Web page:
A lifelong athlete, Angela Rypien has a zest for fitness.
After all, she’s a daughter of Mark Rypien, hometown quarterback from Shadle Park and Washington State University who went on to the Washington Redskins and fame as Super Bowl XXVI MVP.
Angela Rypien, 28, played quarterback too for several seasons in the women’s 7-on-7 indoor Legends Football League (formerly the Lingerie Football League). Now a fitness instructor who also sells Isagenix products, she moved in December to Coeur d’Alene from Arizona.
A single mother, she sought out a fitness-minded group of young moms here. When she couldn’t find that mix, Rypien started one. She just opened a Fit4Mom franchise for Coeur d’Alene and Post Falls with classes from prenatal fitness to full workouts for moms alongside babies in strollers.
“I was part of a really great mom community in Arizona that was health and wellness based,” Rypien said. Her daughter Malayah is almost 10, and son Mekhi turns 1 on April 2.
“There are a couple of different Facebook groups here, but not really a large community for women to support each other and enjoy fitness. In general, there’s not a lot of new mom support, which is unfortunate, because, especially these days, I think modern moms get so stuck in thinking they have to do it alone.”
Rypien had heard about Fit4Mom and thought she’d find it here. Although she didn’t have a chance to go in Arizona, Rypien said many of her fitness friends there spoke highly of it.
“They had so many great things to say about how Fit4Mom truly brought them together,” Rypien said. “They loved the opportunity to be able to bring their baby to fitness.”
With a phone call to its corporate office, she learned a Spokane franchise had closed near the end of 2018. Hearing also that the North Idaho franchise was available, Rypien saw a need.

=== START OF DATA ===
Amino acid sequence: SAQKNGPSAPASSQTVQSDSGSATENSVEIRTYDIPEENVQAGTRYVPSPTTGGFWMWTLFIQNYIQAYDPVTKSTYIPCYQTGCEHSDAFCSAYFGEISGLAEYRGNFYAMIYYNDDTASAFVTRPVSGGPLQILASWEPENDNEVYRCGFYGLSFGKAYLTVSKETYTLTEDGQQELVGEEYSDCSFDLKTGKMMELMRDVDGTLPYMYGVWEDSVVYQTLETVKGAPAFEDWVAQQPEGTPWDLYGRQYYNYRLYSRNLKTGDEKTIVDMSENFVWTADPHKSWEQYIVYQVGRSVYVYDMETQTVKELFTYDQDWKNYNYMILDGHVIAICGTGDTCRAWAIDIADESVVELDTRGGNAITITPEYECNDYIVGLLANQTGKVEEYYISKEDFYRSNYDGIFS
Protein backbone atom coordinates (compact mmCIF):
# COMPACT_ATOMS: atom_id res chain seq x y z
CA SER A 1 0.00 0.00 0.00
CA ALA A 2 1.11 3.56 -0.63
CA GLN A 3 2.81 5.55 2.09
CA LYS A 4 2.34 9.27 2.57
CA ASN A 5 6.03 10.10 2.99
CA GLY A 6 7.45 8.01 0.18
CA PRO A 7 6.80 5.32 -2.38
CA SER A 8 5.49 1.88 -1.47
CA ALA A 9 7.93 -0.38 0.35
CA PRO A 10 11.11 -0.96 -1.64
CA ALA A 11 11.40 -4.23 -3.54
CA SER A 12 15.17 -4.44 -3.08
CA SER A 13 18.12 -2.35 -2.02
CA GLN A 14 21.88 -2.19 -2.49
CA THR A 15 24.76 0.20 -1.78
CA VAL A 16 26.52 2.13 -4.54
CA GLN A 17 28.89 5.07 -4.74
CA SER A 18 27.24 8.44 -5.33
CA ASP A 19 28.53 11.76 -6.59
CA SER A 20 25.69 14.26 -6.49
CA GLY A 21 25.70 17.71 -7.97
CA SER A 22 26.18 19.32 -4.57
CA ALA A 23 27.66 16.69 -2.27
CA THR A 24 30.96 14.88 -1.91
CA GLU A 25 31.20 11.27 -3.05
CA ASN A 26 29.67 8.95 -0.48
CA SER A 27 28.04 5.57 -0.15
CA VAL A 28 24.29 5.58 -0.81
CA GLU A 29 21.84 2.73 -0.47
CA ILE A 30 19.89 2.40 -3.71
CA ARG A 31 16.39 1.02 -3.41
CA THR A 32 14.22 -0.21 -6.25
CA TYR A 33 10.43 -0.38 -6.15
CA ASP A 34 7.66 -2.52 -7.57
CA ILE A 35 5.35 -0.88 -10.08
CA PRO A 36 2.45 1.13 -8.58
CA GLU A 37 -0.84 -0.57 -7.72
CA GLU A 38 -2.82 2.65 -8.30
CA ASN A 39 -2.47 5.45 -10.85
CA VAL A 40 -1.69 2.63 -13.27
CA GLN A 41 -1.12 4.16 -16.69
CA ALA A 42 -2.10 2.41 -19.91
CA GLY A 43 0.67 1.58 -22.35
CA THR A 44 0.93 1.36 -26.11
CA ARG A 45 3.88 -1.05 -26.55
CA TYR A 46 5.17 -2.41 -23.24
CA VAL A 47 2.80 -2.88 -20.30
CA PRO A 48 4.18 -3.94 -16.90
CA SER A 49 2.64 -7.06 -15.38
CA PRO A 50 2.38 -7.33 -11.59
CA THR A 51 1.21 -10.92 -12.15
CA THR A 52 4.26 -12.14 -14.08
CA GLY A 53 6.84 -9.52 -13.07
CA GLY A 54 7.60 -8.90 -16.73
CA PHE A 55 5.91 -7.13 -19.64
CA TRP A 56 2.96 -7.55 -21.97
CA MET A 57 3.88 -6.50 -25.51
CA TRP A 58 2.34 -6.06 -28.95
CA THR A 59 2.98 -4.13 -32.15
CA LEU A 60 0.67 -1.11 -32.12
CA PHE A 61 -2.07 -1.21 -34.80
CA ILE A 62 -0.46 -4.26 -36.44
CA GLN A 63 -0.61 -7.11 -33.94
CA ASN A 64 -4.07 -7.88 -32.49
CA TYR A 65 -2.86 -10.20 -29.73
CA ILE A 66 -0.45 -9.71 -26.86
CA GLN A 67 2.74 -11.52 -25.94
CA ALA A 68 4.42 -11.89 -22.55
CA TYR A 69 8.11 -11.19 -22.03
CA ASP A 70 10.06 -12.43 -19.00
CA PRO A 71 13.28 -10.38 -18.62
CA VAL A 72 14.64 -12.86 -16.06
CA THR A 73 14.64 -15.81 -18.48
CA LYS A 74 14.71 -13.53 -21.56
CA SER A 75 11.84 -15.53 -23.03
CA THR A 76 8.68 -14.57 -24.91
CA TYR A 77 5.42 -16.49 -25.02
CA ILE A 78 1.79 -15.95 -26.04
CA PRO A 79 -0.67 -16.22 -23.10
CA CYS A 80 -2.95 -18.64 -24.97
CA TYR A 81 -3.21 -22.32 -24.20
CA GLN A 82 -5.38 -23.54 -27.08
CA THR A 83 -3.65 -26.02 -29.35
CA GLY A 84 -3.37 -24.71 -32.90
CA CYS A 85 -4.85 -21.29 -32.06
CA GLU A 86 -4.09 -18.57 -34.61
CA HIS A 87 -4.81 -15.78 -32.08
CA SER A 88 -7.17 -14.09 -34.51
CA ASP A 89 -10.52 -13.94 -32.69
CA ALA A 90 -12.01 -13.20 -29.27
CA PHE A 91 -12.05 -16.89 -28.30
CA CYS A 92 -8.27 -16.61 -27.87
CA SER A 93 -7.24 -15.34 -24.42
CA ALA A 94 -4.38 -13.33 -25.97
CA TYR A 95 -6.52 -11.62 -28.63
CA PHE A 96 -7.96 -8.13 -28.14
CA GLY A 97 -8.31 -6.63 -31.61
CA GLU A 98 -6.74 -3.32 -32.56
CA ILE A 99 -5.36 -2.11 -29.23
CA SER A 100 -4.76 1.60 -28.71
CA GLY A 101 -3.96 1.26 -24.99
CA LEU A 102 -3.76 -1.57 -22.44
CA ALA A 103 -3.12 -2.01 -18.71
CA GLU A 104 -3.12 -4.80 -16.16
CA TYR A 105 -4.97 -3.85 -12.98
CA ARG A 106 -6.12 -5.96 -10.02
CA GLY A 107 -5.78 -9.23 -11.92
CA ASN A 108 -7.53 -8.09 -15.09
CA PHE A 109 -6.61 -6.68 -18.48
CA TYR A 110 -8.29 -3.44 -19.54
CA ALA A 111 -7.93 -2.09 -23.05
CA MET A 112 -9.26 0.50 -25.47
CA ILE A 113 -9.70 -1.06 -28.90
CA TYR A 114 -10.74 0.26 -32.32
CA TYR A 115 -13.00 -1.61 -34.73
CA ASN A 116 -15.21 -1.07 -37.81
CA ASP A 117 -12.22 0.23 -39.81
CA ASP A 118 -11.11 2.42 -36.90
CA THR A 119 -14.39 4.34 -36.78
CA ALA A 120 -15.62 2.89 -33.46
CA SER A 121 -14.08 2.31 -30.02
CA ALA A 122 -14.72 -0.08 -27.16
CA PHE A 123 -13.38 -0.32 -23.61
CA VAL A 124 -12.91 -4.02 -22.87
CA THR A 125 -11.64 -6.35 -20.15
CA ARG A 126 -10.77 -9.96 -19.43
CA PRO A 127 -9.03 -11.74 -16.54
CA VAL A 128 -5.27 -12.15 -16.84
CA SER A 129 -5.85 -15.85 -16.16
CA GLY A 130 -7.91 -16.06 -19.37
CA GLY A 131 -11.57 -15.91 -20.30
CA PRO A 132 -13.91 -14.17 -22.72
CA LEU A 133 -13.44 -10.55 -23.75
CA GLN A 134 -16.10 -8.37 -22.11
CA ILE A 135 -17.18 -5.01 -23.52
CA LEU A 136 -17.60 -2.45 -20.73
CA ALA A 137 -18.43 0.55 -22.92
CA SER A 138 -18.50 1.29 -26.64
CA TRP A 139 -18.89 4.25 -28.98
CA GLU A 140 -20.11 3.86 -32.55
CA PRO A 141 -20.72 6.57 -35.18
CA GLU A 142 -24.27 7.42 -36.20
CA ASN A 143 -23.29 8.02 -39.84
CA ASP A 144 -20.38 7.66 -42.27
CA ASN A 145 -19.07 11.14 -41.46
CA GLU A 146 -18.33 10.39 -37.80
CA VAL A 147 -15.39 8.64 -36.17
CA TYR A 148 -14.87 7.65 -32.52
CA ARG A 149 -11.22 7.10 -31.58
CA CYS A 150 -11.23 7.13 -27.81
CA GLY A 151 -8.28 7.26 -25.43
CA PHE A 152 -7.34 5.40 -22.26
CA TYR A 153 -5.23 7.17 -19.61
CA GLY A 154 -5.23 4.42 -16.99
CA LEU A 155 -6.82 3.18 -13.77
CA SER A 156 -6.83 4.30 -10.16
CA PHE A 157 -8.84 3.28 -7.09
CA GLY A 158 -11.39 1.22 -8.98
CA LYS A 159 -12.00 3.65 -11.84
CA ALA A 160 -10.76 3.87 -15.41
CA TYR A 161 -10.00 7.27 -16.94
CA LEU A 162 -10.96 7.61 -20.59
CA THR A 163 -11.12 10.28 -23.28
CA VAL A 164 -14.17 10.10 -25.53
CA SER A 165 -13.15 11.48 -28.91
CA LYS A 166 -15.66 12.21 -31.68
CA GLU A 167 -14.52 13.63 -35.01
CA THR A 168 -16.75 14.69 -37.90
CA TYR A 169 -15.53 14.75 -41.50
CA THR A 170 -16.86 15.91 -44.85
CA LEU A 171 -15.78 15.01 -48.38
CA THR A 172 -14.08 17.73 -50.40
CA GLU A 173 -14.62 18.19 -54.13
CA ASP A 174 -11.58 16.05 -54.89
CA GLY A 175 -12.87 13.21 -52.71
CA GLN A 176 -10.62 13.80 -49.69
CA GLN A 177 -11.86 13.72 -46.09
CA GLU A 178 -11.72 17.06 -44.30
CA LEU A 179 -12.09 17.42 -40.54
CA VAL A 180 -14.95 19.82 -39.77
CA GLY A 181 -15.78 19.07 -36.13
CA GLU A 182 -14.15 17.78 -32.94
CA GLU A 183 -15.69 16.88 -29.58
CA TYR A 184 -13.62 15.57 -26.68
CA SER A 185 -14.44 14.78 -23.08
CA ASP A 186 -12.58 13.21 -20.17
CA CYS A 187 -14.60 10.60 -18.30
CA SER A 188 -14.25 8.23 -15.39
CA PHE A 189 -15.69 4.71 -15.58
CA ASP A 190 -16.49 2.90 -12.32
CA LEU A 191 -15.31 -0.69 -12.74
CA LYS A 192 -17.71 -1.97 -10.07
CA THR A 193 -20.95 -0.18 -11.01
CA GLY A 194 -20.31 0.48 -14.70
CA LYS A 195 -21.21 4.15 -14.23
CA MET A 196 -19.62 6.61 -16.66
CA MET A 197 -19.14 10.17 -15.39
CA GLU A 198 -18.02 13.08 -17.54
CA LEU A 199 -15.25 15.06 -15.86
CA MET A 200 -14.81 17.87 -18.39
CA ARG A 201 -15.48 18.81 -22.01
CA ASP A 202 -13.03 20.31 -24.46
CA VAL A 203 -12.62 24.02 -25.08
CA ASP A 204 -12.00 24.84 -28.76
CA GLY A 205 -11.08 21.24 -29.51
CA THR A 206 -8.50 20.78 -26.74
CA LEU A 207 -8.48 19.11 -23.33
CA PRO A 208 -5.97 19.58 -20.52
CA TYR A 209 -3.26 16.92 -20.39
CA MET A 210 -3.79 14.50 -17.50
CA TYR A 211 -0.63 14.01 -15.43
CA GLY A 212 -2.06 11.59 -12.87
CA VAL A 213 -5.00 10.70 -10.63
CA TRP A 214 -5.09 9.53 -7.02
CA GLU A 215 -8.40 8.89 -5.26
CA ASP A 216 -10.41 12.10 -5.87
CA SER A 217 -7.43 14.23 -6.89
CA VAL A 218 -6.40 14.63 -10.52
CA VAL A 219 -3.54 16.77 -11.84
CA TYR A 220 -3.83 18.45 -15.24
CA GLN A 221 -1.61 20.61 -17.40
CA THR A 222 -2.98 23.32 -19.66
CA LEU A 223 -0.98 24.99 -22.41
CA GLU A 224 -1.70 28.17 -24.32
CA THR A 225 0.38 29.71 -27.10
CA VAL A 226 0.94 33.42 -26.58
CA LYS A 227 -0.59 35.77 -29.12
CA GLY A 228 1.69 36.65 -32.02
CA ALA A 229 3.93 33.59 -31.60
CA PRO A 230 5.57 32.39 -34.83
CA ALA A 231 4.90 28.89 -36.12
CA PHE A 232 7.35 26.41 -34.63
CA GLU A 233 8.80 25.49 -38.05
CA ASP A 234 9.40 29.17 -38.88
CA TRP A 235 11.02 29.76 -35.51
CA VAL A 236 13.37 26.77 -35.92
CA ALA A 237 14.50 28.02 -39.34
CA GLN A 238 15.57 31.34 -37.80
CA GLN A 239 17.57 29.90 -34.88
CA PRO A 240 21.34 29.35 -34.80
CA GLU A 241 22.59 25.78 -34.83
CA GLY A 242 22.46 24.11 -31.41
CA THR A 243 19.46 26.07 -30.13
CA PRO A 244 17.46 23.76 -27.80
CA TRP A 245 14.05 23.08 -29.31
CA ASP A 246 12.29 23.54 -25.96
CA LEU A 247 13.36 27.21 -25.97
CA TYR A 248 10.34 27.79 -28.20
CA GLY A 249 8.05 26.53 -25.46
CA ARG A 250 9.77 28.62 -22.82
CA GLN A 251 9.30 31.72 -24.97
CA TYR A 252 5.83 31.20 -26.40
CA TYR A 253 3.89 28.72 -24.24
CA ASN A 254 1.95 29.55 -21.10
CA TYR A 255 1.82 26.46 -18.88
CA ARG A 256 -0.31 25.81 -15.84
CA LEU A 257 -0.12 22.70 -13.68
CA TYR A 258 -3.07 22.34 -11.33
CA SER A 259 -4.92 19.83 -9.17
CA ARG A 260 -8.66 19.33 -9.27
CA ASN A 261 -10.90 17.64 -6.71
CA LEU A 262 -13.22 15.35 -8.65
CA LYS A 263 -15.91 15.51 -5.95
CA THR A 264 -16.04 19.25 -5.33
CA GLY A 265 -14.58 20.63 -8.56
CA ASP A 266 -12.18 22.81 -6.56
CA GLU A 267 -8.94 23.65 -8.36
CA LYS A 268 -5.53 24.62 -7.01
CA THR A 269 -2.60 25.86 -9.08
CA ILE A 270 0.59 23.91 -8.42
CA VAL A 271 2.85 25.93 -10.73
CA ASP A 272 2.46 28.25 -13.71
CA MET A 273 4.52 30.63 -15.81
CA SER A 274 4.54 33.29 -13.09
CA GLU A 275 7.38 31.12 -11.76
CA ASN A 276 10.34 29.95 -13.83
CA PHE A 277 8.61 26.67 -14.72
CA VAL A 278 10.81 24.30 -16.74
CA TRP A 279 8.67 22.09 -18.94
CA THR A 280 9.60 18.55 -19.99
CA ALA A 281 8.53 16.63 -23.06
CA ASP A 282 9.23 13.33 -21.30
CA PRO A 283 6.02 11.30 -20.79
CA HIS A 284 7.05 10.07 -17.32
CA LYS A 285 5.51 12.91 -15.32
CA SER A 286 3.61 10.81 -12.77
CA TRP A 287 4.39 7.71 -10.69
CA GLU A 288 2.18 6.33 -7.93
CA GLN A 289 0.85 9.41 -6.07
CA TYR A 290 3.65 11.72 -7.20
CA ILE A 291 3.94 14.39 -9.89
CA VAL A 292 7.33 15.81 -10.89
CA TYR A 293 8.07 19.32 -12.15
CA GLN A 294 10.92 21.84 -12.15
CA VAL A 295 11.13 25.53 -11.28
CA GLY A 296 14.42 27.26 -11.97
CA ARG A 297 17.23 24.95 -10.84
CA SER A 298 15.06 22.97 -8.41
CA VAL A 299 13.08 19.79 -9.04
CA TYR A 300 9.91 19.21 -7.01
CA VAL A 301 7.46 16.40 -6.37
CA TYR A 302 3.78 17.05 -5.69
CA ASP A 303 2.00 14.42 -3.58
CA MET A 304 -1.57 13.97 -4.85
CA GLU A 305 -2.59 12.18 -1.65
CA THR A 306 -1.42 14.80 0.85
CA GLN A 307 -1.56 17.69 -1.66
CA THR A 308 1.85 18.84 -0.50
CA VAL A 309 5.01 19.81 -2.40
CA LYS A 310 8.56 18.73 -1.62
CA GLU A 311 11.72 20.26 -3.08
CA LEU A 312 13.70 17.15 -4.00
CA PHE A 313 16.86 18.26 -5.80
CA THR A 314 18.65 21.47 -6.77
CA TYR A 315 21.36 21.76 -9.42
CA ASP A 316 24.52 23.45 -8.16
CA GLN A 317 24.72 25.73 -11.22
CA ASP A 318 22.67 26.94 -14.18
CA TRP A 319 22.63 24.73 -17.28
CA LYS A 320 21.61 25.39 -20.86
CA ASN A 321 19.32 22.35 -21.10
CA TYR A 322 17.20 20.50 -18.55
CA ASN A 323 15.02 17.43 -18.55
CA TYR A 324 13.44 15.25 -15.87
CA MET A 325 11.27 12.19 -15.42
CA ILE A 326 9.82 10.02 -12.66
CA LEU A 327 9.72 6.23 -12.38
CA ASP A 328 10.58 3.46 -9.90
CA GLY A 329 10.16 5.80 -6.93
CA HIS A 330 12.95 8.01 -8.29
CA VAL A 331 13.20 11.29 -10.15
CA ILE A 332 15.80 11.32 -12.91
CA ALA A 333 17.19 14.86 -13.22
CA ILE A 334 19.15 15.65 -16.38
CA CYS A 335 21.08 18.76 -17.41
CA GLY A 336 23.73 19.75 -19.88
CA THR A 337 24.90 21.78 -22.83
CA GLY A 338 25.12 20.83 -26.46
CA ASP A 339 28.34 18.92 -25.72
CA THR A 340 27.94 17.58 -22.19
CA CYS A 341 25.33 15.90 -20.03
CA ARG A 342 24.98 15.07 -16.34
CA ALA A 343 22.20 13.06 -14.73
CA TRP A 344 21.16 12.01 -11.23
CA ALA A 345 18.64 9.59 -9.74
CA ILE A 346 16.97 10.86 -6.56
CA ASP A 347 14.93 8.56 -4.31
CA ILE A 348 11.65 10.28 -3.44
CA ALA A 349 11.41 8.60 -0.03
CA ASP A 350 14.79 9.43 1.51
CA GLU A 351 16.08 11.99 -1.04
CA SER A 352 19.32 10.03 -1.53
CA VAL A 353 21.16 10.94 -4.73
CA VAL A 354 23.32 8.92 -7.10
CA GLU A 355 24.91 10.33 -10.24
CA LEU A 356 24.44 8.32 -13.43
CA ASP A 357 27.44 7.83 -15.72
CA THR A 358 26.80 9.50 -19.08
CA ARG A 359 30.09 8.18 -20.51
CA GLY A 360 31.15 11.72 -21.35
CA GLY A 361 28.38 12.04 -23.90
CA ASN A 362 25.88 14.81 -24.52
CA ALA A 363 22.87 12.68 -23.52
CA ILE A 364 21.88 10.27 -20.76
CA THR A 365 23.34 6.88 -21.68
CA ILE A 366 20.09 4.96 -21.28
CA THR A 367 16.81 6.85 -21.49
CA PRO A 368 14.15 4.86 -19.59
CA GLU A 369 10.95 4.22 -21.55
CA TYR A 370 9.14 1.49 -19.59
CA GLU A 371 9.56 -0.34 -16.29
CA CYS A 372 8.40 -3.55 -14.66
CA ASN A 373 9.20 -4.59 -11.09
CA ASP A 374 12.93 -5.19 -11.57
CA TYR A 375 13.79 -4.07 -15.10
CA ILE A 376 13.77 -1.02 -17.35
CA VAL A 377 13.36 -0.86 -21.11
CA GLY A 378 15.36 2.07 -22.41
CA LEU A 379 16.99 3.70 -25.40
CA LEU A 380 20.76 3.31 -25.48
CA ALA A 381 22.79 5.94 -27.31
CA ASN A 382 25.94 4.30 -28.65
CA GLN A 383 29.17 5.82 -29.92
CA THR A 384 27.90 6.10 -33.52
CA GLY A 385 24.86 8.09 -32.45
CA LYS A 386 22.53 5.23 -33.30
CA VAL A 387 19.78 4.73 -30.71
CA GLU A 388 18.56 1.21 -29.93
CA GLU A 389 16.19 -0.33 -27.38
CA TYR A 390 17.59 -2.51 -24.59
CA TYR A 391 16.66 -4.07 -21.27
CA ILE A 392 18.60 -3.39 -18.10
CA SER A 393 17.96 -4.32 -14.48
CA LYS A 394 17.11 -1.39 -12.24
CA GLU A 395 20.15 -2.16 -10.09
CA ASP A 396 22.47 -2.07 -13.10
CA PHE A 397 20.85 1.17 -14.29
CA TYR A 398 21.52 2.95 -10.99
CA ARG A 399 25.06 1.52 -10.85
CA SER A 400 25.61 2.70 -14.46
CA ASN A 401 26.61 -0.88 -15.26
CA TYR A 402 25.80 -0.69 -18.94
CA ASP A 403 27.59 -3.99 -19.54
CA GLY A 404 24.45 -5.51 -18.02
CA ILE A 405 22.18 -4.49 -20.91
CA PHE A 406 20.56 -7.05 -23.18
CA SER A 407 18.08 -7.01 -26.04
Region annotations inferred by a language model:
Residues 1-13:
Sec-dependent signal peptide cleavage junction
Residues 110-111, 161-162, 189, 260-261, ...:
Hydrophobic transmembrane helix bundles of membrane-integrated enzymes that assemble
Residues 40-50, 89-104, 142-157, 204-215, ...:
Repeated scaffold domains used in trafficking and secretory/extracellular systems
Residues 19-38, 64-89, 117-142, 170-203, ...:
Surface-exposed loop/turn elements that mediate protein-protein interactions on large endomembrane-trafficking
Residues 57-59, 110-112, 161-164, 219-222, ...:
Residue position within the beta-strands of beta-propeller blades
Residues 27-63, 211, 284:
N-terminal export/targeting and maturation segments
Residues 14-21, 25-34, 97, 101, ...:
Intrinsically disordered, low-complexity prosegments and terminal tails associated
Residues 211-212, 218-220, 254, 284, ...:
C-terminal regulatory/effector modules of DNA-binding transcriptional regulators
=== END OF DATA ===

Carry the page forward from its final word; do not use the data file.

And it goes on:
“We provide fitness for every stage of motherhood,” she said. “I wasn’t really looking to start a business. I just wanted to be a part of a new-mom community because it’s so important to have that community to be able to reach out and ask questions like, ‘Who is a good pediatrician?’
“I’ve moved enough to know. If I can help even one mom, it’s worth it. I had that in Arizona when I first had my son, so I figured if I need it, I’m sure there are other moms who do too.”
Rypien began instructing Fit4Mom classes this week at Premier Sports Center in Post Falls, a 10,000-square-foot indoor turf field. By this summer, she plans to offer more sessions, including at outdoor locations from Tubbs Hill to McEuen Park.
The franchise doesn’t offer separate on-site babysitting, but rather moms and kids stay together during routines, incorporating use of strollers for infants and children up to age 4. Songs and activities help entertain kids.
“You work out with your babies,” Rypien said.
She said the tricky part for all moms – whether working jobs or stay-at-home – is finding fitness opportunities specifically geared to them during pregnancy, postpartum and during kids’ early years. What to do for childcare is often a challenge as well.